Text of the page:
“Jane” (not her real name), age 36, is the primary caregiver for “Louise” who has MS. Jane wrote:
If homes are built with Universal Design, it would allow my roommate, Louise, to enter and exit the apartment and building independently. This would free me from scheduling my day and work hours around her trips in and out of the home. She would also be able to enter the washroom/kitchen to wash her hands in the sink, to bathe in the bathroom and not on the bed/wheelchair. This would make it easier for me to assist her with her daily hygiene and require less strain on my back when helping her perform these tasks.
Universal design would also have spaces designed to accommodate assistive devices like a Hoyer lift to transfer Louise between the bed and her wheelchair. For now, it takes a fair bit of shuffling and removing of dressers and normal bedroom storage furniture to make room for a lift.
I would love to have an accessible kitchen where Louise could participate in meal preparation and have access to the balcony to enjoy the garden or the view. She loves cooking and has not been able to participate in meal preparation for more than 4 years.
We should be able to utilize every part of our living space, especially the common spaces that are usually shared.
Louise, age 45, uses a 500 pound electric wheelchair due to MS. She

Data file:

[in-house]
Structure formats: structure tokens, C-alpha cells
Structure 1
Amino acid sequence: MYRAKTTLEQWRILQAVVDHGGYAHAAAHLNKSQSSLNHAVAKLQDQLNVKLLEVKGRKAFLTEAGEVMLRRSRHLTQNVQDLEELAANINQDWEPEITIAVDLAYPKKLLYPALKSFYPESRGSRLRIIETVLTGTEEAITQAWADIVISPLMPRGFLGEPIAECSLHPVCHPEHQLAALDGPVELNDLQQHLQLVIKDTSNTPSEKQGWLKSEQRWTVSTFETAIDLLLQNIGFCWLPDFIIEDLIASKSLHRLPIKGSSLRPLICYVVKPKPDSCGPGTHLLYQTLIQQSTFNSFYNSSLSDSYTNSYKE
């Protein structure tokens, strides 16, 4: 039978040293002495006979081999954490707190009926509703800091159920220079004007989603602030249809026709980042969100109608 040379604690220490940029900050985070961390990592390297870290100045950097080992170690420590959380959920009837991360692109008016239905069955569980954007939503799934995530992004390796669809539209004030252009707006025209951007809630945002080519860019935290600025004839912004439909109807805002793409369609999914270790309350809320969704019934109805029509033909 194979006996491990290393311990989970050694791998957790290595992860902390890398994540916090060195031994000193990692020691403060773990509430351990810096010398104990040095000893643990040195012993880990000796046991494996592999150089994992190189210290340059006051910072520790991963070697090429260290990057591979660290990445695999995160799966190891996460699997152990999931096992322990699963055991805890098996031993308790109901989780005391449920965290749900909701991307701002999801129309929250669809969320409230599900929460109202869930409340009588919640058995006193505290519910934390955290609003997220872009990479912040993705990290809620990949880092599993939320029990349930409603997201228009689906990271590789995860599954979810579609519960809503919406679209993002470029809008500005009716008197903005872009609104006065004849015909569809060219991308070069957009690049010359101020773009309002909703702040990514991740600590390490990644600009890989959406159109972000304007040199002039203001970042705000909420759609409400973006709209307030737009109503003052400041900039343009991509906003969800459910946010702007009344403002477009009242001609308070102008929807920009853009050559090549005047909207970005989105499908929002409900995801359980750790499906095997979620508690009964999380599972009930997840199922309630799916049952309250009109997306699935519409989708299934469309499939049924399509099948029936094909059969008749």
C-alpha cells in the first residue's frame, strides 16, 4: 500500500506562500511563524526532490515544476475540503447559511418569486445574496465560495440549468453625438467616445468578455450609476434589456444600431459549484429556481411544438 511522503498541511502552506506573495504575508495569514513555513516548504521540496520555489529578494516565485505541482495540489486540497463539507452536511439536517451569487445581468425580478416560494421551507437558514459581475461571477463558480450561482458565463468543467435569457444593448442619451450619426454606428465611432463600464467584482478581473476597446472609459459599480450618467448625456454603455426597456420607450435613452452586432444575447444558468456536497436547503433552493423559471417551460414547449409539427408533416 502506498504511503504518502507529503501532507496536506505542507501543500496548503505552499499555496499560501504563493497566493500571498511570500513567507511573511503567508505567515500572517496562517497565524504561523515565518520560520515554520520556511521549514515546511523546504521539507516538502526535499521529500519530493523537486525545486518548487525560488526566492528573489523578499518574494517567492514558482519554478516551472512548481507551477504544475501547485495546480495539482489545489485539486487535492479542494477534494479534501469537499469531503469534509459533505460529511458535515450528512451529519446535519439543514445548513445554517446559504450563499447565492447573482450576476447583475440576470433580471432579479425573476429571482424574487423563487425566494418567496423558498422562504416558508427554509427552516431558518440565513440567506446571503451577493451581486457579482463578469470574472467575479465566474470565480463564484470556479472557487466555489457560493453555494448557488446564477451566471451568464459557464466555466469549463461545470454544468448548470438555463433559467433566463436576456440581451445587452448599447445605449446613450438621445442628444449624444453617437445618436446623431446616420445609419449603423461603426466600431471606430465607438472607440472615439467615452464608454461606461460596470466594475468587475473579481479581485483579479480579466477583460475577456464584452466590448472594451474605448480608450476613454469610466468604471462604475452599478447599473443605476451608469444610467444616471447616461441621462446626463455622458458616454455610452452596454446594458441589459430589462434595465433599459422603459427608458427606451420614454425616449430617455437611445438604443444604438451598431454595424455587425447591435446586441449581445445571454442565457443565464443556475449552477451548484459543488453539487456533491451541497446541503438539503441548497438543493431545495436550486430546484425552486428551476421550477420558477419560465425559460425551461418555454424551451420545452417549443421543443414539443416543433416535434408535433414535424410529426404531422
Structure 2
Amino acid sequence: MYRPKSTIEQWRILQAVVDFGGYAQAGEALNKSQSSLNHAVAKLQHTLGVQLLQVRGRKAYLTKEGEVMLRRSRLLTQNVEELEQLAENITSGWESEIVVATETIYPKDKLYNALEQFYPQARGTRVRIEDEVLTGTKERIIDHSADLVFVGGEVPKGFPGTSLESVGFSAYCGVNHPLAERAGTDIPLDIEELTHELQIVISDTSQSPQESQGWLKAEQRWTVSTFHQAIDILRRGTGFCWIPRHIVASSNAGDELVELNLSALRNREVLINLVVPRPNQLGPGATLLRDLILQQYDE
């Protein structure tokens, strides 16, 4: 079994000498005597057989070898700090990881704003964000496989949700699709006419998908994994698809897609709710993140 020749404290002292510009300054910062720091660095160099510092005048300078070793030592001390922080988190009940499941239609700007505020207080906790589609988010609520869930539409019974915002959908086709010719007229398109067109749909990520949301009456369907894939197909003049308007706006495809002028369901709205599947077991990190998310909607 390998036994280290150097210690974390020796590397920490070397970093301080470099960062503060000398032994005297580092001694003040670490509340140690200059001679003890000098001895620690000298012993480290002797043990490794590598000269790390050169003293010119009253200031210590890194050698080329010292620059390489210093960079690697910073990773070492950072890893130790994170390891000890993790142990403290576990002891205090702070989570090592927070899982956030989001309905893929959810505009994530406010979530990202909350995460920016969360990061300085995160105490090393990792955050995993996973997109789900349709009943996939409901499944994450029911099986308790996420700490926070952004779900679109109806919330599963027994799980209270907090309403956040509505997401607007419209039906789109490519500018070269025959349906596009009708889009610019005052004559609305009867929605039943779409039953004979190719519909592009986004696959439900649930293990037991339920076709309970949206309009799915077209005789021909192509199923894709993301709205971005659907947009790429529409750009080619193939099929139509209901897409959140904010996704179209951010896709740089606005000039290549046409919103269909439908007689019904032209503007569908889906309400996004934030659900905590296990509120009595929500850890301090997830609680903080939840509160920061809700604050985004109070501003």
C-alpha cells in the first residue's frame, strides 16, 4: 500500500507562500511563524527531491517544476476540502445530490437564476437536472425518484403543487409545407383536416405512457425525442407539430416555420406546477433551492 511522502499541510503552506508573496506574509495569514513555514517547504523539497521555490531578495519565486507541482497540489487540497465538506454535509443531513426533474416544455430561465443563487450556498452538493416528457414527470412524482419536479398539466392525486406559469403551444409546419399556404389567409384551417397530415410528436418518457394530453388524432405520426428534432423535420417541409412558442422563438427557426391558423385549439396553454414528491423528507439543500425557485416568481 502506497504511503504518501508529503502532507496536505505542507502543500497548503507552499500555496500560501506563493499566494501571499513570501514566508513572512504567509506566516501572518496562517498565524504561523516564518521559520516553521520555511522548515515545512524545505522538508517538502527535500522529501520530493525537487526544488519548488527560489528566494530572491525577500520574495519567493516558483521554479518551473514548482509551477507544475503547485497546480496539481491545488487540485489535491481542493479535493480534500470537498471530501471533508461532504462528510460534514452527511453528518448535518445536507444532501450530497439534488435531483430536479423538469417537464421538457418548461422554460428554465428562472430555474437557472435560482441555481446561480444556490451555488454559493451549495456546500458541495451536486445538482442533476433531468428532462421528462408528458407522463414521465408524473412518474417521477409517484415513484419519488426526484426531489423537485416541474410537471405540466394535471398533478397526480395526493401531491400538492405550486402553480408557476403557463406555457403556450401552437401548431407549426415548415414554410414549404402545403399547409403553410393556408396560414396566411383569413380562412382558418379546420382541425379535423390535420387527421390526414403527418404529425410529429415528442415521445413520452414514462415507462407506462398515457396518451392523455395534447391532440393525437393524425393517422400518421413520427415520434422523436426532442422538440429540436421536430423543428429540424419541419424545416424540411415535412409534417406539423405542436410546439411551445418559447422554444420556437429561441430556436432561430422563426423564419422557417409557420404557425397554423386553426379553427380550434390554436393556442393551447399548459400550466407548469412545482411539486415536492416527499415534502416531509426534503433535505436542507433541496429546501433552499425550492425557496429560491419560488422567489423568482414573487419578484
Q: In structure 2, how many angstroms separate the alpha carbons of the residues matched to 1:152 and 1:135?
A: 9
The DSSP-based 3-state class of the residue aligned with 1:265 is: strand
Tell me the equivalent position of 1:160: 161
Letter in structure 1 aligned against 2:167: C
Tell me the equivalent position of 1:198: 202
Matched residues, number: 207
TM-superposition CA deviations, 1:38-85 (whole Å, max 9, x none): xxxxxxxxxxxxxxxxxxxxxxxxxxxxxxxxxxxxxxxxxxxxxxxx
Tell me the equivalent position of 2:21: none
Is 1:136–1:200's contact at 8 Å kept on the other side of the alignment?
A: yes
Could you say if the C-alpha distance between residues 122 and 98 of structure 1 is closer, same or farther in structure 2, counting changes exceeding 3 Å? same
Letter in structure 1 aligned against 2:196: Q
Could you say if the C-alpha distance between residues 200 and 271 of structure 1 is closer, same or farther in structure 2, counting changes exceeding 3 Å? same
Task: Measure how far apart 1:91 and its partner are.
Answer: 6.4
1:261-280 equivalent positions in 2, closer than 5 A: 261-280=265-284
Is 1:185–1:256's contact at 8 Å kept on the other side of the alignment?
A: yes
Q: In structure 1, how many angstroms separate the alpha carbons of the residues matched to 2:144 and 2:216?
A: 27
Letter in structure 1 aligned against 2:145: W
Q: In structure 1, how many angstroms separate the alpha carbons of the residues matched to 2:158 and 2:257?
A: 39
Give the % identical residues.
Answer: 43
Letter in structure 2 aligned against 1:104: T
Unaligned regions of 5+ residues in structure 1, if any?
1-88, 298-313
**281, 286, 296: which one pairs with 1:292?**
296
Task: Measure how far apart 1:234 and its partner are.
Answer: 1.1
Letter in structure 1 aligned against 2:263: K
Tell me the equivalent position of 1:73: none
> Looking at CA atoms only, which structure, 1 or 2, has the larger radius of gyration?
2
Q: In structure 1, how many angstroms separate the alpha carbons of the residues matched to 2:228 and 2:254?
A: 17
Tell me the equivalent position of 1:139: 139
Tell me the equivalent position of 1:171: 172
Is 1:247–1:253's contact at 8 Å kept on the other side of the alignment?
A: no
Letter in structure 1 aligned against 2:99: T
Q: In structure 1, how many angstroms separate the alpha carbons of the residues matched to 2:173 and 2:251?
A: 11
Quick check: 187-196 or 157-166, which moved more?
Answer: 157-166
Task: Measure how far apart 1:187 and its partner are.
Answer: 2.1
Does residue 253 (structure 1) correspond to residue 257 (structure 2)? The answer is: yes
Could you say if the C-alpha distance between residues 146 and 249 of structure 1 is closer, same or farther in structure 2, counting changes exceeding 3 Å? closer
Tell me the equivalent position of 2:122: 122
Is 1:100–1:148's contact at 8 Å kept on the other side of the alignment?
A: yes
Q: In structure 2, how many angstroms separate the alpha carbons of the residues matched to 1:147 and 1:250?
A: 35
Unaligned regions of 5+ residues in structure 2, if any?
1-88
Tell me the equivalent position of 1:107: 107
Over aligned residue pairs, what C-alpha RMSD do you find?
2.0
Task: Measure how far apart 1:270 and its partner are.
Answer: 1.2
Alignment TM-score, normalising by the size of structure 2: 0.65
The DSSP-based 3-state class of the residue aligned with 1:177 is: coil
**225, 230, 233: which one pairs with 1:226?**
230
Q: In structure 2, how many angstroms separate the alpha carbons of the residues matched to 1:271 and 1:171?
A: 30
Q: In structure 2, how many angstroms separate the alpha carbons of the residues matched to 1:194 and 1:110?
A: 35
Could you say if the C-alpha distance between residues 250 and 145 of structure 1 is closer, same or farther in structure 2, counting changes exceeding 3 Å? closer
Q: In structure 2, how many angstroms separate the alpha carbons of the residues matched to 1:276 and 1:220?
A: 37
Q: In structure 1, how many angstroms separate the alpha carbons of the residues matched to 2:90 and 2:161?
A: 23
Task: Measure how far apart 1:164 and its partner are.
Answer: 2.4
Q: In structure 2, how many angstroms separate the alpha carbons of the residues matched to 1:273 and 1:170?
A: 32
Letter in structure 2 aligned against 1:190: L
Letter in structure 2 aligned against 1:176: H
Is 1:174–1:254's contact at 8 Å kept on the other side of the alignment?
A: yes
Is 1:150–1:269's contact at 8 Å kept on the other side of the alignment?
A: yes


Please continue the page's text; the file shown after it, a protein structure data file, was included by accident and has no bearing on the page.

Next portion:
Universal design would enable me to do fundamental things that most people take for granted. I would be able to open the front door to my apartment because I would have a device that would unlock it and hold it open, and the doorway would have no lintels or barriers that I would need assistance crossing. My apartment building would have similar devices in the hallways and throughout the building so I would be able to move freely
and socialize as I liked.
Right now, if I don’t have help leaving my apartment, I have to stay home.
In the world with Universal Design, my bathroom would have a doorway wide enough for a wheelchair, and it would have a shower that I could drive into. That would make the difference between being able to wash my hair in the shower, and having my hair washed over a basin in the hallway.
The social importance of universal design can’t be ignored either. Too many discussions with family or friends about plans for get-togethers and celebrations finish with the sad conclusion that I won’t be able to participate because stairs prevent me from even getting into their building. It’s gotten to the point where I assume that I won’t be able to take part in social gatherings because if I can’t get around in my own living space, why should I expect that I would be able to in anyone else’s?
The Older Women’s Network is calling for the Ontario Building Code to be changed to require that all new apartments and condos be universal design to that anyone of any age or ability can live there. The cost to build fully barrier-free housing is only about 1% more than conventional housing, if done from the planning stage. OWN is asking people to write to their political representatives in support of the Building Code change.